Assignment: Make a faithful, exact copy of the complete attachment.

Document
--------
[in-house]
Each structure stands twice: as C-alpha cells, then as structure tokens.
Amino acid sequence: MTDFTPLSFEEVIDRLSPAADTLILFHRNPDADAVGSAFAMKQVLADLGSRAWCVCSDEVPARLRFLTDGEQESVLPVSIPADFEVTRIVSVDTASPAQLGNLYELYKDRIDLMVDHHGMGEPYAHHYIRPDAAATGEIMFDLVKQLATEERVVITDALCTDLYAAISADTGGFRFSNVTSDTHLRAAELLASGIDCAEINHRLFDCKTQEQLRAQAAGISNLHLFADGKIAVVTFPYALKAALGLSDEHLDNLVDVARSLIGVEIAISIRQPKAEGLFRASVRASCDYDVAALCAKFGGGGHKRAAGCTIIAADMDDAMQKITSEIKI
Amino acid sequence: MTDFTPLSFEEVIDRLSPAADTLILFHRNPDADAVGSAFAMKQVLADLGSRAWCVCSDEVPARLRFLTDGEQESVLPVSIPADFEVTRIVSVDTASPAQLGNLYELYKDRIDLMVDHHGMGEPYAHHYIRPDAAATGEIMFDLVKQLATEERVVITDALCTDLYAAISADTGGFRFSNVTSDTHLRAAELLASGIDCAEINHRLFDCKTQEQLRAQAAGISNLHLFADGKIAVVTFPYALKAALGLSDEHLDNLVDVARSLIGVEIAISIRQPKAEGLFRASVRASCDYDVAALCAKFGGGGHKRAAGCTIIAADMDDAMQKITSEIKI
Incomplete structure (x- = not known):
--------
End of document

[in-house]
Each structure stands twice: as C-alpha cells, then as structure tokens.
Amino acid sequence: MTDFTPLSFEEVIDRLSPAADTLILFHRNPDADAVGSAFAMKQVLADLGSRAWCVCSDEVPARLRFLTDGEQESVLPVSIPADFEVTRIVSVDTASPAQLGNLYELYKDRIDLMVDHHGMGEPYAHHYIRPDAAATGEIMFDLVKQLATEERVVITDALCTDLYAAISADTGGFRFSNVTSDTHLRAAELLASGIDCAEINHRLFDCKTQEQLRAQAAGISNLHLFADGKIAVVTFPYALKAALGLSDEHLDNLVDVARSLIGVEIAISIRQPKAEGLFRASVRASCDYDVAALCAKFGGGGHKRAAGCTIIAADMDDAMQKITSEIKI
Amino acid sequence: MTDFTPLSFEEVIDRLSPAADTLILFHRNPDADAVGSAFAMKQVLADLGSRAWCVCSDEVPARLRFLTDGEQESVLPVSIPADFEVTRIVSVDTASPAQLGNLYELYKDRIDLMVDHHGMGEPYAHHYIRPDAAATGEIMFDLVKQLATEERVVITDALCTDLYAAISADTGGFRFSNVTSDTHLRAAELLASGIDCAEINHRLFDCKTQEQLRAQAAGISNLHLFADGKIAVVTFPYALKAALGLSDEHLDNLVDVARSLIGVEIAISIRQPKAEGLFRASVRASCDYDVAALCAKFGGGGHKRAAGCTIIAADMDDAMQKITSEIKI
Incomplete structure (x- = not known):